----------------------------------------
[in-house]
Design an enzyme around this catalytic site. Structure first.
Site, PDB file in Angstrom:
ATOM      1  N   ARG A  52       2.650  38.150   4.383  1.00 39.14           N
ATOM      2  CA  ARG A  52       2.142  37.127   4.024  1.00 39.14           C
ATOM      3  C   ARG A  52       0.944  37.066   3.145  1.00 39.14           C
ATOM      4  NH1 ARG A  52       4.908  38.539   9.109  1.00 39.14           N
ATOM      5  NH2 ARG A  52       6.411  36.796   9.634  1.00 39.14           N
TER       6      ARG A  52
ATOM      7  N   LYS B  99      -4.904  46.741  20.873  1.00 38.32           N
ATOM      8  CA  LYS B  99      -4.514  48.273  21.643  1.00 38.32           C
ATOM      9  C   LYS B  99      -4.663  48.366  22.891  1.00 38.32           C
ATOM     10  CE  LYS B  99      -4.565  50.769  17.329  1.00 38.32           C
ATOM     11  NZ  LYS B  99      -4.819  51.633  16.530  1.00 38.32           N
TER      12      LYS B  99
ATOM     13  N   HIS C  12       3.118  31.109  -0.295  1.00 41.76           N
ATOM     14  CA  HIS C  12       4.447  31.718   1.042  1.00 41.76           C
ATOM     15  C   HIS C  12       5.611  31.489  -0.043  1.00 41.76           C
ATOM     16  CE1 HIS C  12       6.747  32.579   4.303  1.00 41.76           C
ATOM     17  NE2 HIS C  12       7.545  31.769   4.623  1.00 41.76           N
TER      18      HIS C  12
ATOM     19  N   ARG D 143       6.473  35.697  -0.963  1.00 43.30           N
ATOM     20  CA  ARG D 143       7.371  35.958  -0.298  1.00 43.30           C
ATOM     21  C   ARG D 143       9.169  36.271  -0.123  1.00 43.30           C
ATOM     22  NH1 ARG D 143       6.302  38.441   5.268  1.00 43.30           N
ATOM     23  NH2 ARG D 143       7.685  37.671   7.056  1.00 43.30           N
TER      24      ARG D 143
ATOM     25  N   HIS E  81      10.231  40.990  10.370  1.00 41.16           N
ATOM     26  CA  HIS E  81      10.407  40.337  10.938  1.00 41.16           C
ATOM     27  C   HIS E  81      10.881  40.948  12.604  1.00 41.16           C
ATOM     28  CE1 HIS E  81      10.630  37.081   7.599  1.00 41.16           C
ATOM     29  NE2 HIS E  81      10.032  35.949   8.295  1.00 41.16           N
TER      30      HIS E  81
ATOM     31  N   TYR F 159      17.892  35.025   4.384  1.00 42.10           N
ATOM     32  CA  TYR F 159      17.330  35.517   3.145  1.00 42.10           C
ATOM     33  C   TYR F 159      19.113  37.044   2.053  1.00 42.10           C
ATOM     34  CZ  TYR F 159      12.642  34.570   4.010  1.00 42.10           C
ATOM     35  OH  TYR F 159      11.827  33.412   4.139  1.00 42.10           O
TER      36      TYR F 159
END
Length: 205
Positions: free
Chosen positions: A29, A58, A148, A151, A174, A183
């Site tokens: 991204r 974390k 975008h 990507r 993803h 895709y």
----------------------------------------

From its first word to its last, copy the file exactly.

[in-house]
Design an enzyme around this catalytic site. Structure first.
Site, PDB file in Angstrom:
ATOM      1  N   ARG A  52       2.650  38.150   4.383  1.00 39.14           N
ATOM      2  CA  ARG A  52       2.142  37.127   4.024  1.00 39.14           C
ATOM      3  C   ARG A  52       0.944  37.066   3.145  1.00 39.14           C
ATOM      4  NH1 ARG A  52       4.908  38.539   9.109  1.00 39.14           N
ATOM      5  NH2 ARG A  52       6.411  36.796   9.634  1.00 39.14           N
TER       6      ARG A  52
ATOM      7  N   LYS B  99      -4.904  46.741  20.873  1.00 38.32           N
ATOM      8  CA  LYS B  99      -4.514  48.273  21.643  1.00 38.32           C
ATOM      9  C   LYS B  99      -4.663  48.366  22.891  1.00 38.32           C
ATOM     10  CE  LYS B  99      -4.565  50.769  17.329  1.00 38.32           C
ATOM     11  NZ  LYS B  99      -4.819  51.633  16.530  1.00 38.32           N
TER      12      LYS B  99
ATOM     13  N   HIS C  12       3.118  31.109  -0.295  1.00 41.76           N
ATOM     14  CA  HIS C  12       4.447  31.718   1.042  1.00 41.76           C
ATOM     15  C   HIS C  12       5.611  31.489  -0.043  1.00 41.76           C
ATOM     16  CE1 HIS C  12       6.747  32.579   4.303  1.00 41.76           C
ATOM     17  NE2 HIS C  12       7.545  31.769   4.623  1.00 41.76           N
TER      18      HIS C  12
ATOM     19  N   ARG D 143       6.473  35.697  -0.963  1.00 43.30           N
ATOM     20  CA  ARG D 143       7.371  35.958  -0.298  1.00 43.30           C
ATOM     21  C   ARG D 143       9.169  36.271  -0.123  1.00 43.30           C
ATOM     22  NH1 ARG D 143       6.302  38.441   5.268  1.00 43.30           N
ATOM     23  NH2 ARG D 143       7.685  37.671   7.056  1.00 43.30           N
TER      24      ARG D 143
ATOM     25  N   HIS E  81      10.231  40.990  10.370  1.00 41.16           N
ATOM     26  CA  HIS E  81      10.407  40.337  10.938  1.00 41.16           C
ATOM     27  C   HIS E  81      10.881  40.948  12.604  1.00 41.16           C
ATOM     28  CE1 HIS E  81      10.630  37.081   7.599  1.00 41.16           C
ATOM     29  NE2 HIS E  81      10.032  35.949   8.295  1.00 41.16           N
TER      30      HIS E  81
ATOM     31  N   TYR F 159      17.892  35.025   4.384  1.00 42.10           N
ATOM     32  CA  TYR F 159      17.330  35.517   3.145  1.00 42.10           C
ATOM     33  C   TYR F 159      19.113  37.044   2.053  1.00 42.10           C
ATOM     34  CZ  TYR F 159      12.642  34.570   4.010  1.00 42.10           C
ATOM     35  OH  TYR F 159      11.827  33.412   4.139  1.00 42.10           O
TER      36      TYR F 159
END
Length: 205
Positions: free
Chosen positions: A29, A58, A148, A151, A174, A183
């Site tokens: 991204r 974390k 975008h 990507r 993803h 895709y």